(iii) legitimate noncommercial or fair use of the disputed domain name.

The overall burden of proof on this element rests with Complainant. However, it is well established by previous UDRP panel decisions that once a complainant establishes a prima facie case that a respondent lacks rights or legitimate interests in a domain name, the burden shifts to the respondent to rebut the complainant’s contentions. If the respondent fails to do so, a complainant is deemed to have satisfied paragraph 4(a)(ii) of the Policy. (Danzas Holding AG, DHL Operations B.V. v. Ma Shikai, WIPO Case No. D2008-0441; see also, WIPO Overview 2.0 paragraph 2.1 and cases cited therein).

Complainant has rights in the ONLY and VERO MODA Trade Marks worldwide, including Denmark (Danish trademark registration on VERO MODA since 1989 and ONLY since 2000, see Annex 5 to the Complaint), the European Union (CTM registrations on VERO MODA since 2003 and on ONLY since 2000, see Annex 6 to the Complaint), USA (trademark registration on VERO MODA since 2010 and ONLY since 1996, see Annex 7 to the Complaint), and China (trademark registration on VERO MODA since 1997 and ONLY since 2000, see Annex 8 to the Complaint). Furthermore, the Complainant is the owner of and maintains two websites under the domain names <veromoda.com> (registered on June 27, 2003) and <only.com> (registered on April 14, 2004), which also features online web shops. (Annex 9 to the Complaint).

According to the information provided by Complainant, Complainant is part of the Bestseller Group, which is a family-owned group of companies founded in Ringkøbing, Denmark, in 1975. Today, the Bestseller Group directly employs more than 9,600 people, and is represented in more than 2,500 chain-stores and more than 12,000 external multi-brand stores in 46 countries around the world. Moreover, according to Complainant, Respondent is not an authorized dealer of ONLY and VERO MODA-branded products. Complainant has therefore established a prima facie case that Respondent has no rights or legitimate interests in the disputed domain name and thereby shifted the burden to Respondent to produce evidence to rebut this presumption (The Argento Wine Company Limited v. Argento Beijing Trading Company, supra; Do The Hustle, LLC v. Tropic Web, WIPO Case No. D2000-0624; and Croatia Airlines d.d. v. Modern Empire Internet Ltd., WIPO Case No. D2003-0455).

Based on the following reasons the Panel finds that Respondent has no rights or legitimate interests in the disputed domain name:

(a) There has been no evidence adduced to show that Respondent is using the disputed domain name in connection with a bona fide offering of goods or services. Respondent has not provided evidence of legitimate use of the disputed domain name or reasons to justify the choice of the words “Only” and “Vero Moda” in its business operations. There has been no evidence to show that Complainant has licensed or otherwise permitted Respondent to use the Trade Marks or to apply for or use any domain name incorporating the Trade Marks;

(b) There has been no evidence adduced to show that Respondent has been commonly known by the disputed domain name. There has been no evidence adduced to show that Respondent has any registered trademark rights with respect to the disputed domain name. The disputed domain name <veromoda-only.com> was registered by Respondent on June 9, 2009.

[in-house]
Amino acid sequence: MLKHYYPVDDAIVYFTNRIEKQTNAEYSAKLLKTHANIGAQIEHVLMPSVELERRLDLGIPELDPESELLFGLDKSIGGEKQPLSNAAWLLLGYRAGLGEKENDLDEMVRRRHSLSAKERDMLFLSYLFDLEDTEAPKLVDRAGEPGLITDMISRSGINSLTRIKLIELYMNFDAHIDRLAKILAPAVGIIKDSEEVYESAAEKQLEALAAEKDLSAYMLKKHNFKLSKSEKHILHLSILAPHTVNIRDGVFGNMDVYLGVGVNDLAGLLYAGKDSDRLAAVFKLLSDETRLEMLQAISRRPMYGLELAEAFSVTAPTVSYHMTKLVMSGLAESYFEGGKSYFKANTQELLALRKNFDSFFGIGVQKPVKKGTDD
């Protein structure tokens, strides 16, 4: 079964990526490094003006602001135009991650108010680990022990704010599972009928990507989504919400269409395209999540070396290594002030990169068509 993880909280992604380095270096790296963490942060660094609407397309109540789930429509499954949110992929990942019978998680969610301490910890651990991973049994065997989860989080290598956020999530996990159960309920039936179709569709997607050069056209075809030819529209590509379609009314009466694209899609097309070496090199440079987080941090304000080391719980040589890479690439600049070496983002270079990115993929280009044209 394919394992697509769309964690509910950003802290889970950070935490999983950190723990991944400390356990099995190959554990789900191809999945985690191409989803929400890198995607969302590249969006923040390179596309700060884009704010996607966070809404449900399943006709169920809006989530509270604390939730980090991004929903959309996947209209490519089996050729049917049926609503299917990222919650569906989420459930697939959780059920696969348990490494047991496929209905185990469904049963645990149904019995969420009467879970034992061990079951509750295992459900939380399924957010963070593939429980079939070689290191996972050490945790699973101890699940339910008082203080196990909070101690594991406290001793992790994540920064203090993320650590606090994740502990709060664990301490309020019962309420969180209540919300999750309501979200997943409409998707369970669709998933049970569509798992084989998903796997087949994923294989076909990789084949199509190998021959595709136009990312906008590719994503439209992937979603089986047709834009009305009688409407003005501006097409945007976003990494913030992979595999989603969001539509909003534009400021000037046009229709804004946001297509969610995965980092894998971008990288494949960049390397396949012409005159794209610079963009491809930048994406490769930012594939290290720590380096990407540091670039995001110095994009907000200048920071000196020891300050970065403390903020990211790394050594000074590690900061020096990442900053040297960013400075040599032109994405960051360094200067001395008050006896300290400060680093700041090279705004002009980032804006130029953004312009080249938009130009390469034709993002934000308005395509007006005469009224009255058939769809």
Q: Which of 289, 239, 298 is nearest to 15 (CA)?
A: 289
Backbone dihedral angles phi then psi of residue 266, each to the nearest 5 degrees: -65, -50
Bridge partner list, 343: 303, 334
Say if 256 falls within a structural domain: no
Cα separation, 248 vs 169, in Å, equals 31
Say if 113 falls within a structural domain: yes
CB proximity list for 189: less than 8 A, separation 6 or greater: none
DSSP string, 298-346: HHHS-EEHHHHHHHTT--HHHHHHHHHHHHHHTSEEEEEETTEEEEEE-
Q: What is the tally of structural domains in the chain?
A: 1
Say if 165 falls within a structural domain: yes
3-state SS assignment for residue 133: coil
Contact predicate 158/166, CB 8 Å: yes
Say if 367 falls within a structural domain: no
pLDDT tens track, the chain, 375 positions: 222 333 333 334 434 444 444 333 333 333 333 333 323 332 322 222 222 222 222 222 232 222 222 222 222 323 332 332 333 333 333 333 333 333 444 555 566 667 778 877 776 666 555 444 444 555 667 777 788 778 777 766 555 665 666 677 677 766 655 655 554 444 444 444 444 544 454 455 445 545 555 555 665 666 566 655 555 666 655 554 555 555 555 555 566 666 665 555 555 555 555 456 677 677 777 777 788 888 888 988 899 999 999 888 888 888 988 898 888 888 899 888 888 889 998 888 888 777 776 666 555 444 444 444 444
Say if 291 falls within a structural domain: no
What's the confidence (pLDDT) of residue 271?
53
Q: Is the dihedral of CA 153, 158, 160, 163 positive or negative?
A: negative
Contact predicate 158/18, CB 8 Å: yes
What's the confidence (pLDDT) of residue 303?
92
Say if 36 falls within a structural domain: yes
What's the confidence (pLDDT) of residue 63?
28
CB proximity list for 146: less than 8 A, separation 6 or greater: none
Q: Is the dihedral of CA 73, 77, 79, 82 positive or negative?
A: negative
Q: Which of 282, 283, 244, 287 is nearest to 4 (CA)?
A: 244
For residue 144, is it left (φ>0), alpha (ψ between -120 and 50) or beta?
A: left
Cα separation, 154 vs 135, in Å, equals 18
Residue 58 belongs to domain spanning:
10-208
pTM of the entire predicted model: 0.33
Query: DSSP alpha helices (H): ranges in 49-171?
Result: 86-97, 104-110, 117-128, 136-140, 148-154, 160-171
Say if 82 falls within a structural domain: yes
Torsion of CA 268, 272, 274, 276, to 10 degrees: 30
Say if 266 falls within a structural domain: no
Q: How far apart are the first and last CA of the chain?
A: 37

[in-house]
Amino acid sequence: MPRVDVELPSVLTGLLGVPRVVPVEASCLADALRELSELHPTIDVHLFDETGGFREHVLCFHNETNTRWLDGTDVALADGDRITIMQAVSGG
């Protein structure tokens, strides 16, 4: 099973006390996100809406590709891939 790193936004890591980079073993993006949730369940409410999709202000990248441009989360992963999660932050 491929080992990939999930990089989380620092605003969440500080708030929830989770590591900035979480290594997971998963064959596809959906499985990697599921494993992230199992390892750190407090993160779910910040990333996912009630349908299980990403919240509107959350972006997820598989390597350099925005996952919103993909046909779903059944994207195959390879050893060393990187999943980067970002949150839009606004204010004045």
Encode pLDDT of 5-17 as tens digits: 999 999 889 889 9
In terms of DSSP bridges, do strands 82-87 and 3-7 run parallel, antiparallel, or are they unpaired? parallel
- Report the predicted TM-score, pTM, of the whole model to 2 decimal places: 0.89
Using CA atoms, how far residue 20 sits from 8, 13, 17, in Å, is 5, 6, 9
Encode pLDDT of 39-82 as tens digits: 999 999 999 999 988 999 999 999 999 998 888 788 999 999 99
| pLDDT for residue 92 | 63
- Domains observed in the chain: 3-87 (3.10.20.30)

(c) There has been no evidence adduced to show that Respondent is making a legitimate noncommercial or fair use of the disputed domain name.

The Panel finds that Respondent has failed to produce any evidence to establish rights or legitimate interests in the disputed domain name. The Panel therefore holds that the Complaint fulfils the second condition of paragraph 4(a) of the Policy.

C. Registered and Used in Bad Faith

Paragraph 4(b) of the Policy sets out four circumstances which, without limitation, shall be evidence of the registration and use of the disputed domain name in bad faith, namely:

(i) circumstances indicating that Respondent has registered or acquired the disputed domain name primarily for the purpose of selling, renting, or otherwise transferring the disputed domain name registrations to Complainant who is the owner of the trademark or service mark or to a competitor of Complainant, for valuable consideration in excess of Respondent’s documented out-of-pocket costs directly related to the disputed domain name; or

(ii) Respondent has registered the disputed domain name in order to prevent the owner of the trademark or service mark from reflecting the mark in a corresponding domain name, provided that Respondent has engaged in a pattern of such conduct; or

(iii) Respondent has registered the disputed domain name primarily for the purpose of disrupting the business of a competitor; or

(iv) by using the disputed domain name, Respondent has intentionally attempted to attract, for commercial gain, Internet users to Respondent’s websites or other on-line location, by creating a likelihood of confusion with Complainant’s mark as to the source, sponsorship, affiliation, or endorsement of Respondent’s websites or location or of a product.

The Panel concludes that the circumstances referred to in paragraph 4(b)(iv) of the Policy are applicable to the present case and upon the evidence of these circumstances and other relevant circumstances, it is adequate to conclude that Respondent has registered and used the disputed domain name in bad faith.